As suffering continues, please pray for Sudanese
By Archbishop Philip Freier
November 17 2016At the Melbourne Synod in October, I met with members of the Sudanese community in the diocese. We came together to pray for the nations of Sudan and South Sudan, where many of our members were born. The two nations originated in 2011 from the partition of the war-wracked nation of Sudan following its tragic civil war that raged between 1983 and 2005. There are Sudanese in congregations in Melbourne who were refugees and have been given a place of safety in this country.
Many of our church members are heartbroken at the continuation of the suffering as rival militias threaten further dislocation in South Sudan, and the persecution of the Christian minority escalates in Sudan. Bishop Philip Huggins and I heard from those present in the Cathedral of the destruction of home villages, the death of near relatives in the recent fighting, and the helplessness that many feel. It is hard for us to imagine knowing personal safety but having loved ones a continent away in such peril.
Despite the different tribal identities of the President of South Sudan, Salva Kiir, and the Vice President, Riek Machar, and the tribal loyalties of the militias that support each contender in the present political power struggle, there is optimism that the conflict is not defined along tribal lines. Tragically, all are suffering from the actions of these militia irrespective of their tribe and language. More than a million South Sudanese still live in refugee camps outside South Sudan, and another 250,000 people are internally displaced.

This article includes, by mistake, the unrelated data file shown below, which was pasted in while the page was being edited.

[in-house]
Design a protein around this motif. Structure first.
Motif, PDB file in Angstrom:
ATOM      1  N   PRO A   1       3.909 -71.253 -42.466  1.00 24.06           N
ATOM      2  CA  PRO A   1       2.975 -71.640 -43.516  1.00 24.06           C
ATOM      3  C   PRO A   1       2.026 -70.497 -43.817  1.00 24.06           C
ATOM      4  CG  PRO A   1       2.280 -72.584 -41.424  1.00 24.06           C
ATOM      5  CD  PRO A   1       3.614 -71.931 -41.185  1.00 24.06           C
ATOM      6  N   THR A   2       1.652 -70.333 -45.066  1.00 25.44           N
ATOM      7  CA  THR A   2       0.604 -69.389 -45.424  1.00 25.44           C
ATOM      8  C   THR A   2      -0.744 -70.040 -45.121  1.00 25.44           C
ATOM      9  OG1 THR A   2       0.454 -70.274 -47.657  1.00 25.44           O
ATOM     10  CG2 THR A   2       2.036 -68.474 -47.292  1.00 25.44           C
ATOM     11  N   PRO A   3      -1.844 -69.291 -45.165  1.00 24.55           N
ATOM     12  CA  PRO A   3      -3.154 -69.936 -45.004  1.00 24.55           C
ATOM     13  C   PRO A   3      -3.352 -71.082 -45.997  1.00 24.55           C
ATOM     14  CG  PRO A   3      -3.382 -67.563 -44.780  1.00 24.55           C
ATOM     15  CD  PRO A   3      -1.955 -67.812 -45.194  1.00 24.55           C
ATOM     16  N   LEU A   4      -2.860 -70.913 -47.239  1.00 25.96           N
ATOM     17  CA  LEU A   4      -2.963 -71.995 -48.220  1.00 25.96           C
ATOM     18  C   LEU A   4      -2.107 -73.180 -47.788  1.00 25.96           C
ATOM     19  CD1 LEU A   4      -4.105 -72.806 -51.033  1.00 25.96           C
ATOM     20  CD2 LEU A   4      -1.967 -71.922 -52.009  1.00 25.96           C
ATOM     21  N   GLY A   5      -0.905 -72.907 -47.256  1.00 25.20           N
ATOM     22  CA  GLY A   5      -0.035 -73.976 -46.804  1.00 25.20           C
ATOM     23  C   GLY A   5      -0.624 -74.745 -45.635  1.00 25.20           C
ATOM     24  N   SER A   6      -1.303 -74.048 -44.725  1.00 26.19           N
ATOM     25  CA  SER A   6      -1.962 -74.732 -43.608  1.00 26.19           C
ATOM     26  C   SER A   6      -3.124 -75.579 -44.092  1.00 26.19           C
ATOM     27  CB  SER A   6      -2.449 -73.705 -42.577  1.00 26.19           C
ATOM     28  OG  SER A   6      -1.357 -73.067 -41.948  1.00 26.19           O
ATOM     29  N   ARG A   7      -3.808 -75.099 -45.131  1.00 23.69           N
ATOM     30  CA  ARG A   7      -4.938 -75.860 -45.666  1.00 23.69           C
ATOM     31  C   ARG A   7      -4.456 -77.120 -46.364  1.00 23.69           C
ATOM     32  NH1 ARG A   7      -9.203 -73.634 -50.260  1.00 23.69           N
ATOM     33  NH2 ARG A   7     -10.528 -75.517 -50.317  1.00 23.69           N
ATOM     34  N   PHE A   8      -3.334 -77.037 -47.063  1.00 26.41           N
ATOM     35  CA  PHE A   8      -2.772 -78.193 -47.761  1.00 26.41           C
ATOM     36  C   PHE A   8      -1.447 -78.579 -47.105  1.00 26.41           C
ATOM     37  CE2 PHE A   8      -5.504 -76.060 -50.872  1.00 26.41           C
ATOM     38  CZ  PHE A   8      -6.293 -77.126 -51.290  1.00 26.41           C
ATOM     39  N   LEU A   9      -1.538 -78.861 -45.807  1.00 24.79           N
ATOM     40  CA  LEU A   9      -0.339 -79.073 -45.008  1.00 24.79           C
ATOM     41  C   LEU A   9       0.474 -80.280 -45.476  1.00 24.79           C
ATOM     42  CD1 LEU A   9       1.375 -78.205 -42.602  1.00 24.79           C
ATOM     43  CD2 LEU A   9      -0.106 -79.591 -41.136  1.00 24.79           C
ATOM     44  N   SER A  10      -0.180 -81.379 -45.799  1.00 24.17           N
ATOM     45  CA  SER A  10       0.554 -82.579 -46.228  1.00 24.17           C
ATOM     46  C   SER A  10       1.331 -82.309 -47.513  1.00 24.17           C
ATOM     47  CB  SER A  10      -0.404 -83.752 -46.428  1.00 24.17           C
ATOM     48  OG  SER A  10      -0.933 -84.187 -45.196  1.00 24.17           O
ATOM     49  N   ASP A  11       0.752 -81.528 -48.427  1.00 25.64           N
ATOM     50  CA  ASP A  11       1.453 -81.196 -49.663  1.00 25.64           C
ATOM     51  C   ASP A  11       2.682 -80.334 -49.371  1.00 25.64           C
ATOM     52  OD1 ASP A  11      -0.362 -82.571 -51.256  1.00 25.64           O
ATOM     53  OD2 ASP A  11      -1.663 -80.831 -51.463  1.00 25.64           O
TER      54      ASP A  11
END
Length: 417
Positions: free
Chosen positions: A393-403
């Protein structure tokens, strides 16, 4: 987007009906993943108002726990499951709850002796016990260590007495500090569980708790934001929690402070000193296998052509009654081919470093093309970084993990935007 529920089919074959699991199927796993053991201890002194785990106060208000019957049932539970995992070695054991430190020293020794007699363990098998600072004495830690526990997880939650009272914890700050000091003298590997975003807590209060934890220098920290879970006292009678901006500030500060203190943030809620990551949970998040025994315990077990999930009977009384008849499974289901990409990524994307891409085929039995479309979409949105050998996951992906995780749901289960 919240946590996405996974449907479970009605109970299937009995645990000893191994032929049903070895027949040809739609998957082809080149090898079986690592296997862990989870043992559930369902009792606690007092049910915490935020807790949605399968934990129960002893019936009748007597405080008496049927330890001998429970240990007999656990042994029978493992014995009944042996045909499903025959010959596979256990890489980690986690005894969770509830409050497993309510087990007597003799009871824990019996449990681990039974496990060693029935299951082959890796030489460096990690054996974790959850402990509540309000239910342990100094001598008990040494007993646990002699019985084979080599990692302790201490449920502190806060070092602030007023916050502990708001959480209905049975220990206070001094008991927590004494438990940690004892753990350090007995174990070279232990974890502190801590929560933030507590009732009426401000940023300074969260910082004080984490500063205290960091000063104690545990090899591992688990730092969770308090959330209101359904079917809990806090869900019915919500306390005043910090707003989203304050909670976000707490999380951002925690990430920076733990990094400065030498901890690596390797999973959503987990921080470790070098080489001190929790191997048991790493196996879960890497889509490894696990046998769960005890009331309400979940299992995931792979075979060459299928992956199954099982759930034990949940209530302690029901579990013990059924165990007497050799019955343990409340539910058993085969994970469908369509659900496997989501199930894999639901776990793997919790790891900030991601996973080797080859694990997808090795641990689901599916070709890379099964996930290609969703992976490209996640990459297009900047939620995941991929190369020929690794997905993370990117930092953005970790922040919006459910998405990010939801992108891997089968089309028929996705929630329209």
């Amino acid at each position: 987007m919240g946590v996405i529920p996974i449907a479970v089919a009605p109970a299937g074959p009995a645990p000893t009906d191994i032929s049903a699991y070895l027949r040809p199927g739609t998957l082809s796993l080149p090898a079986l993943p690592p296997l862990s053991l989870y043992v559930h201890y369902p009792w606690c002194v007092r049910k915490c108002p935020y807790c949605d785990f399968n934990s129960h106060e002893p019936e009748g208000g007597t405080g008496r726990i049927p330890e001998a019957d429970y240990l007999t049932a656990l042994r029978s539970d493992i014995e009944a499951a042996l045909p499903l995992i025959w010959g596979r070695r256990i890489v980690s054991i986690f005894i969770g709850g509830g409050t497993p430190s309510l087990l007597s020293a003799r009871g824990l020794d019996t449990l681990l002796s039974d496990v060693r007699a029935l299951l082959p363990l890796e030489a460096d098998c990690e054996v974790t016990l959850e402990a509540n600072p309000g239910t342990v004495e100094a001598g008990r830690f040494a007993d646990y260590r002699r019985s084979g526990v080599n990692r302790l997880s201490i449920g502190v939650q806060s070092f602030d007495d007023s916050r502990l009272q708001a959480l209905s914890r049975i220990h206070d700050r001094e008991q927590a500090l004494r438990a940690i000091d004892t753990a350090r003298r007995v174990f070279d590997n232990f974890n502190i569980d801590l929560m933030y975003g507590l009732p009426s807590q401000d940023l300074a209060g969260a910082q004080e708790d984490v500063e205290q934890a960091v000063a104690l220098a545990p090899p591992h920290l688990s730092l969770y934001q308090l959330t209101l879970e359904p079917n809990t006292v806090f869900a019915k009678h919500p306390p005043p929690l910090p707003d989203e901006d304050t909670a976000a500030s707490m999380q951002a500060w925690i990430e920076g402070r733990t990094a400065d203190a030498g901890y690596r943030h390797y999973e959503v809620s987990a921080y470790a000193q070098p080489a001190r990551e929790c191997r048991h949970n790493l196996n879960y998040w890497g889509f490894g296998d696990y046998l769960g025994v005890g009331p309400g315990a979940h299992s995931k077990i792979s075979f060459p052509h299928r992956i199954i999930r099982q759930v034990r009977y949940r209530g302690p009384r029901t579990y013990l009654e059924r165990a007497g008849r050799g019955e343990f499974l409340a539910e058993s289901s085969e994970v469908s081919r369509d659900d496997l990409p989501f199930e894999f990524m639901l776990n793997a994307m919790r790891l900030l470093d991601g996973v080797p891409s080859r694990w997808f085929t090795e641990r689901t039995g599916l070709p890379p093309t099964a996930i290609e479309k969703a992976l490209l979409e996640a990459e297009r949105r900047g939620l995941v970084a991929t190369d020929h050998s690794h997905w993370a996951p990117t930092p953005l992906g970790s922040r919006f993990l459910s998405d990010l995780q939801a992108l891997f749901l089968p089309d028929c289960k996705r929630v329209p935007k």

In Sudan, the northern of the two countries formed in 2011, the Christians of the Nuba Mountains in South Kordofan province face ongoing hostility. They have been targeted by deadly air strikes as well as ground attacks. As recently as June this year Muslim militia set fire to the Episcopal Church of Sudan buildings in the capital of South Kordofan, Kadugli. Bishop Andudu Adam Elnail of the Episcopal Church of Sudan Diocese of Kadugli has witnessed the destruction of much of the diocesan infrastructure and continues to minister to these suffering people.
Please pray for strong acts of grace to change these situations, and for the hearts and minds of the leaders of these countries to be moved to compassion for the suffering of their people. Pray that issues of prestige and corruption which seem to dominate the politics of these countries may give way to peace and stability.
We are blessed to have very committed Christian leaders among the Melbourne Sudanese, including capable priests who minister to those suffering the pain of these troubles in the land of their birth. The journey of healing will be long for people so traumatised by their own experiences and the experiences of those they know and love. We have a strong framework in place for Sudanese in our diocese to be welcomed into all aspects of church life through our parishes and theological colleges. Please pray for our Sudanese brothers and sisters to be comforted and supported in these traumatic times. Pray for God’s call on the Australian-born Sudanese members of our Church to vocations in the ordained ministry. Yes, please pray.
Read more from Dr Philip Freier, Anglican Primate of Australia and Archbishop of Melbourne, at http://www.anglicanprimate.com.au/